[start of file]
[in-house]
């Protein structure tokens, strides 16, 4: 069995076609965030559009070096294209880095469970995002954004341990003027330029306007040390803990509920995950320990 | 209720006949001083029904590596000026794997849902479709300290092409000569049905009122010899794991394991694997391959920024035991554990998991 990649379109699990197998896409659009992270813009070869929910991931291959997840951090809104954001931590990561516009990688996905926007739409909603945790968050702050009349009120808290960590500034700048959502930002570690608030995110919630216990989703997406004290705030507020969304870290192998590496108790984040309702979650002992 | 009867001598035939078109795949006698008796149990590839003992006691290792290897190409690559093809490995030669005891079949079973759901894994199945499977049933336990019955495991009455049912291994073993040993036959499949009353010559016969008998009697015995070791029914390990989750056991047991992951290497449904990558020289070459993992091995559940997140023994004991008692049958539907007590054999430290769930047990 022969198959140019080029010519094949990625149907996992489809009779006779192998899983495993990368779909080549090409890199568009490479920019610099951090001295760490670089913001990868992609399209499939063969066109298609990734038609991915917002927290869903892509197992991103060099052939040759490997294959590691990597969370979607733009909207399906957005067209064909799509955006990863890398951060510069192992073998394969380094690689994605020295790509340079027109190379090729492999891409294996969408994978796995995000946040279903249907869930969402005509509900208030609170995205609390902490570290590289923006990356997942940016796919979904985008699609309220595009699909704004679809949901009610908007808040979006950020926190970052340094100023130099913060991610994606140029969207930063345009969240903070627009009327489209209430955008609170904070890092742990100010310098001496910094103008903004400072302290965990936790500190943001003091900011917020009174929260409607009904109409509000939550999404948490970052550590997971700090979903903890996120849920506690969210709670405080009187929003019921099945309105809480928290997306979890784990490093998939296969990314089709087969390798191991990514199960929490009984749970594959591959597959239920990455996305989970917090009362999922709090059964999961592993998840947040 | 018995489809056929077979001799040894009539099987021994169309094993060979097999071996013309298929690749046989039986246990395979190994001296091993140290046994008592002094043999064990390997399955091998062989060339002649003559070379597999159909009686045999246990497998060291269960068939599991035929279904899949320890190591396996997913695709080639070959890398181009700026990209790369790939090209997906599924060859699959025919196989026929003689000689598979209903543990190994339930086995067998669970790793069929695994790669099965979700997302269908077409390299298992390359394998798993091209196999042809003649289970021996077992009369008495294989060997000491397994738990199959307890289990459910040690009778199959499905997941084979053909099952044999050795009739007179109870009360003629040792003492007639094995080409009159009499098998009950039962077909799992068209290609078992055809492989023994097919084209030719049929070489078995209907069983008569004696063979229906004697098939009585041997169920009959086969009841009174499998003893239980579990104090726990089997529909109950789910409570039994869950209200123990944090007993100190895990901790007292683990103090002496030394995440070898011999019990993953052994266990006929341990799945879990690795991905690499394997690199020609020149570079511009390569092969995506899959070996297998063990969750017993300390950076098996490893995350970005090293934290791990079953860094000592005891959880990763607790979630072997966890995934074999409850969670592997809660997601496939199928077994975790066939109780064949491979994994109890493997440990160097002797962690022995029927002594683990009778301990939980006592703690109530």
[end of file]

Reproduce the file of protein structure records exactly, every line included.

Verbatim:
[in-house]
């Protein structure tokens, strides 16, 4: 069995076609965030559009070096294209880095469970995002954004341990003027330029306007040390803990509920995950320990 | 209720006949001083029904590596000026794997849902479709300290092409000569049905009122010899794991394991694997391959920024035991554990998991 990649379109699990197998896409659009992270813009070869929910991931291959997840951090809104954001931590990561516009990688996905926007739409909603945790968050702050009349009120808290960590500034700048959502930002570690608030995110919630216990989703997406004290705030507020969304870290192998590496108790984040309702979650002992 | 009867001598035939078109795949006698008796149990590839003992006691290792290897190409690559093809490995030669005891079949079973759901894994199945499977049933336990019955495991009455049912291994073993040993036959499949009353010559016969008998009697015995070791029914390990989750056991047991992951290497449904990558020289070459993992091995559940997140023994004991008692049958539907007590054999430290769930047990 022969198959140019080029010519094949990625149907996992489809009779006779192998899983495993990368779909080549090409890199568009490479920019610099951090001295760490670089913001990868992609399209499939063969066109298609990734038609991915917002927290869903892509197992991103060099052939040759490997294959590691990597969370979607733009909207399906957005067209064909799509955006990863890398951060510069192992073998394969380094690689994605020295790509340079027109190379090729492999891409294996969408994978796995995000946040279903249907869930969402005509509900208030609170995205609390902490570290590289923006990356997942940016796919979904985008699609309220595009699909704004679809949901009610908007808040979006950020926190970052340094100023130099913060991610994606140029969207930063345009969240903070627009009327489209209430955008609170904070890092742990100010310098001496910094103008903004400072302290965990936790500190943001003091900011917020009174929260409607009904109409509000939550999404948490970052550590997971700090979903903890996120849920506690969210709670405080009187929003019921099945309105809480928290997306979890784990490093998939296969990314089709087969390798191991990514199960929490009984749970594959591959597959239920990455996305989970917090009362999922709090059964999961592993998840947040 | 018995489809056929077979001799040894009539099987021994169309094993060979097999071996013309298929690749046989039986246990395979190994001296091993140290046994008592002094043999064990390997399955091998062989060339002649003559070379597999159909009686045999246990497998060291269960068939599991035929279904899949320890190591396996997913695709080639070959890398181009700026990209790369790939090209997906599924060859699959025919196989026929003689000689598979209903543990190994339930086995067998669970790793069929695994790669099965979700997302269908077409390299298992390359394998798993091209196999042809003649289970021996077992009369008495294989060997000491397994738990199959307890289990459910040690009778199959499905997941084979053909099952044999050795009739007179109870009360003629040792003492007639094995080409009159009499098998009950039962077909799992068209290609078992055809492989023994097919084209030719049929070489078995209907069983008569004696063979229906004697098939009585041997169920009959086969009841009174499998003893239980579990104090726990089997529909109950789910409570039994869950209200123990944090007993100190895990901790007292683990103090002496030394995440070898011999019990993953052994266990006929341990799945879990690795991905690499394997690199020609020149570079511009390569092969995506899959070996297998063990969750017993300390950076098996490893995350970005090293934290791990079953860094000592005891959880990763607790979630072997966890995934074999409850969670592997809660997601496939199928077994975790066939109780064949491979994994109890493997440990160097002797962690022995029927002594683990009778301990939980006592703690109530």